When it comes to education, Morgan stated that he will be pushing school choice. He talked about how hard it was to pass Open Carry in the House last Legislation, where he gave credit to Bobby Cox for his involvement. He told of a story where he was sitting by an older colleague who told him that he was so mad that he got drugged into the Open and Constitutional Carry legislation. This colleague expressed how a debacle it was and said this is not the way things were done back in the old days. Morgan concluded that apparently, he is accomplishing his job and his purpose in Columbia.
“It is time, the pandemic showed us that parents must be involved in education, and they know what is best for their children.”
District 22 State Representative Jason Elliot kept his comments short by adding that there is a $5 million allotment of tax credit for parents of special-needs children. Last year, we did great things by passing the biggest advancement on the Second Amendment in South Carolina. He said that we passed the best Pro-life legislation ever. He expressed his desire to protect women in sports. He also said that they are going to move on school choice. It is time, the pandemic showed us that parents must be involved in education, and they know what is best for their children. It is about the students and not the system. He requested everyone in the audience to encourage their House members and all over the state to pass school choice bills in both House and Senate.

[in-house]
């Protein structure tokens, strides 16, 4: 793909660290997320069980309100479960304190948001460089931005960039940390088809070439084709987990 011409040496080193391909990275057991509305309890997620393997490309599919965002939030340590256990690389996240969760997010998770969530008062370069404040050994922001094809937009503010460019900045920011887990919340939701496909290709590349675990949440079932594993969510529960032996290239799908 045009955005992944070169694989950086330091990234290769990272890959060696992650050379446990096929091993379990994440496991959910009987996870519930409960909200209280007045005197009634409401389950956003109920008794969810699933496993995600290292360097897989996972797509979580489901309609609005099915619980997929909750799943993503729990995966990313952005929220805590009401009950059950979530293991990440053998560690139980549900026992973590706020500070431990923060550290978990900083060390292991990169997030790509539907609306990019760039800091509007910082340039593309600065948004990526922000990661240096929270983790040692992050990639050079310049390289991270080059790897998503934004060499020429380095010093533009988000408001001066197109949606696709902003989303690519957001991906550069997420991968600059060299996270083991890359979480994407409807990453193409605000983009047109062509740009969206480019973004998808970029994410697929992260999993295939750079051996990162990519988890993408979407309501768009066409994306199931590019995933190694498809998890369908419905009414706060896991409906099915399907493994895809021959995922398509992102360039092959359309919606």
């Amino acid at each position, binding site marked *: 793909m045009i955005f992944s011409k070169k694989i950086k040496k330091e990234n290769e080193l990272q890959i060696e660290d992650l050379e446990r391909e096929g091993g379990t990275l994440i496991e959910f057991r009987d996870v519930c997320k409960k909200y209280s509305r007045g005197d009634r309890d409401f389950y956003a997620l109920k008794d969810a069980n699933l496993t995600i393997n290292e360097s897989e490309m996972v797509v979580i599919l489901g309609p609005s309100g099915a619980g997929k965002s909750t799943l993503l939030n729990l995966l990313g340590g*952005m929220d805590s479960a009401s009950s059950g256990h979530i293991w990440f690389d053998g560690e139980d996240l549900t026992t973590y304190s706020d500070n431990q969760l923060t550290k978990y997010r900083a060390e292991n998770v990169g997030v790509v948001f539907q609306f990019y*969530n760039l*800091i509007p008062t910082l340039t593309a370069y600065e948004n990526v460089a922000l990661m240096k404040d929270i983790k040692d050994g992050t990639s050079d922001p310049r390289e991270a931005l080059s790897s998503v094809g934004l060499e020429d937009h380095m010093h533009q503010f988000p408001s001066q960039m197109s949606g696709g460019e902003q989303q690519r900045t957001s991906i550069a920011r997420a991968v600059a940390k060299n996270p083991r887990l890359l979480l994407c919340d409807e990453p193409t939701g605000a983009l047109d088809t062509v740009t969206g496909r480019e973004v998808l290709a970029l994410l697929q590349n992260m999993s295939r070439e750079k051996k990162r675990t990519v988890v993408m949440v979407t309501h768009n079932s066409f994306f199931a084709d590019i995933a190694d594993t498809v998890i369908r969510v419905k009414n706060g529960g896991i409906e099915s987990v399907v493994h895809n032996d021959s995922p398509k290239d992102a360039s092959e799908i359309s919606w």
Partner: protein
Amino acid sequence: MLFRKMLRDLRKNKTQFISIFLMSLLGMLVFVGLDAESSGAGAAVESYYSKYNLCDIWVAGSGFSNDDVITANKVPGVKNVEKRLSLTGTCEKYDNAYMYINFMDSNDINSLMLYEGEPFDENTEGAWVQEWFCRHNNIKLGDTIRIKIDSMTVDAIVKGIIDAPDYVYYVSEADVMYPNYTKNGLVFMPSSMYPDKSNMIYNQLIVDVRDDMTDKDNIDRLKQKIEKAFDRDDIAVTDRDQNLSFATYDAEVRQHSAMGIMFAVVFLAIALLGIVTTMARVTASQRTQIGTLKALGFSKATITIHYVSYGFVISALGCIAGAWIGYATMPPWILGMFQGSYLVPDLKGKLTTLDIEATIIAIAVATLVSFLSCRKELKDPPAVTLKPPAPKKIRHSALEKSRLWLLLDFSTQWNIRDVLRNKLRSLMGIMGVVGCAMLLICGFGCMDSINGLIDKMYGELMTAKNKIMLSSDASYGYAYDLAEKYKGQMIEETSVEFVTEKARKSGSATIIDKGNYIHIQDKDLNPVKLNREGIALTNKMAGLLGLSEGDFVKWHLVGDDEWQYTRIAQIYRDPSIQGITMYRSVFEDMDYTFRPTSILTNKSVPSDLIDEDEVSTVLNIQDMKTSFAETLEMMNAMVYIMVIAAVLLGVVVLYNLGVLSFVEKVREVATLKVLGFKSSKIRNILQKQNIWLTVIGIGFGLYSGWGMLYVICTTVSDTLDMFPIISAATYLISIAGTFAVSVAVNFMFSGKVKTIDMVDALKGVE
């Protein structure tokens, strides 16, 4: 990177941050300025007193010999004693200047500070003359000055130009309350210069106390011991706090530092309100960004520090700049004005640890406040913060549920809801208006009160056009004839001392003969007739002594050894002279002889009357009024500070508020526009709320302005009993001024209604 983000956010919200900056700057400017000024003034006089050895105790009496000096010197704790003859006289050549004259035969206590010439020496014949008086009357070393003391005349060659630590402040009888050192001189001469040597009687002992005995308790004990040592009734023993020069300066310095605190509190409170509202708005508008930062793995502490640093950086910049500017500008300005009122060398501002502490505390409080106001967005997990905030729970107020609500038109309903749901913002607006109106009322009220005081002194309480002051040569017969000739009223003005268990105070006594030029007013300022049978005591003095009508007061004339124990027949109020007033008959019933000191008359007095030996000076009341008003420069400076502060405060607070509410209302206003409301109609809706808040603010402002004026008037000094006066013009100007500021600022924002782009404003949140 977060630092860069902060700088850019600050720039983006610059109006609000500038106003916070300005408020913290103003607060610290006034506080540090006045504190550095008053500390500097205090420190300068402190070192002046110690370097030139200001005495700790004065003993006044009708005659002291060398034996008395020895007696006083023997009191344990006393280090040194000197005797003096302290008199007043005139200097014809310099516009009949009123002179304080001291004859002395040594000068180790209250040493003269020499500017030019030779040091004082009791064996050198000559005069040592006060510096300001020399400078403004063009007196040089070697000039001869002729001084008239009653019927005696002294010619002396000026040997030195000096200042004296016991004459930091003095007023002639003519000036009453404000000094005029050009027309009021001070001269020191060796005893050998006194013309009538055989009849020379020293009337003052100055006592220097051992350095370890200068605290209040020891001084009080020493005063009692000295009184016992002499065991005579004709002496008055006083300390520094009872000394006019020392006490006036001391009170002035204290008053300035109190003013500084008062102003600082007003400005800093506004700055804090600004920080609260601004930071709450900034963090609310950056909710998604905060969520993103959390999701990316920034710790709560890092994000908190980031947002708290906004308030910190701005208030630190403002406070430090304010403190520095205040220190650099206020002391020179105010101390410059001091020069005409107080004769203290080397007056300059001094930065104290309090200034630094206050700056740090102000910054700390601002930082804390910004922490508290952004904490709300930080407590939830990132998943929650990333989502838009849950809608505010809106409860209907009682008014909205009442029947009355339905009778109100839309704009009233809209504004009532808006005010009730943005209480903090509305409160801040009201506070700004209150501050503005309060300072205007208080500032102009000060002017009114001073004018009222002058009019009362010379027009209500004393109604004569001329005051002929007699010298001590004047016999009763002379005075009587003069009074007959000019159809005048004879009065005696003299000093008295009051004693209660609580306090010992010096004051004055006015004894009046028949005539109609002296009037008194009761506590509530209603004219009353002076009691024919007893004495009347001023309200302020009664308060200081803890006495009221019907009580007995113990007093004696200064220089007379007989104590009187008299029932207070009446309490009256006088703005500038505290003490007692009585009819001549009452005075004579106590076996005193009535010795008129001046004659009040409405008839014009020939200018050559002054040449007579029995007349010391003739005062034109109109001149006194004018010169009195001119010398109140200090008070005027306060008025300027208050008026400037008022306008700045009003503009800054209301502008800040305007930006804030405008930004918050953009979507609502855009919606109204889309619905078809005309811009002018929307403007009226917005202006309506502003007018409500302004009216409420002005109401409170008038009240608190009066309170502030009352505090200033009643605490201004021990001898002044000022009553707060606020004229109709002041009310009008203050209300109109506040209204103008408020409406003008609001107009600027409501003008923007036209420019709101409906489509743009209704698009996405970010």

After hearing from each representative present, the meeting moved to the question-and-answer session where Moderator Joey Hudson turned over the first question to Deb Sofield.
Sofield asked what are we going to do with medical marijuana in South Carolina? What will Conservative legislators do? Is it for health or is it a gateway? Before taking that question to the legislators, Hudson asked if Greenville Sheriff Hobart Lewis would like to address it from a law enforcement viewpoint.
“So if you get medical marijuana, call it for what it is. Go to a doctor and get a prescription, go to the pharmacy, and get it filled.” -
Sheriff Lewis, who was glad to have a complete legislative audience, stated that the South Carolina Sheriffs Association did a press conference and expressed that they are against the 58–59-page bill. When you talk about medical marijuana and the Compassion Care Act, nobody is against something that can medically help you in some way. But read the bill, he said. Sheriff Lewis is hoping for changes and amendments to the bill. The bill includes THC-infused gummies and THC-infused baked cartridges. They are bad, bad, bad for middle school-age children. He shared that the Sheriff Department seizes just a little over 100lbs of THC-infused gummies every month, and that is just what they catch through the mail – not counting what is going on out in the streets. The Sheriff expressed that we do not need a pathway to legalize marijuana in South Carolina.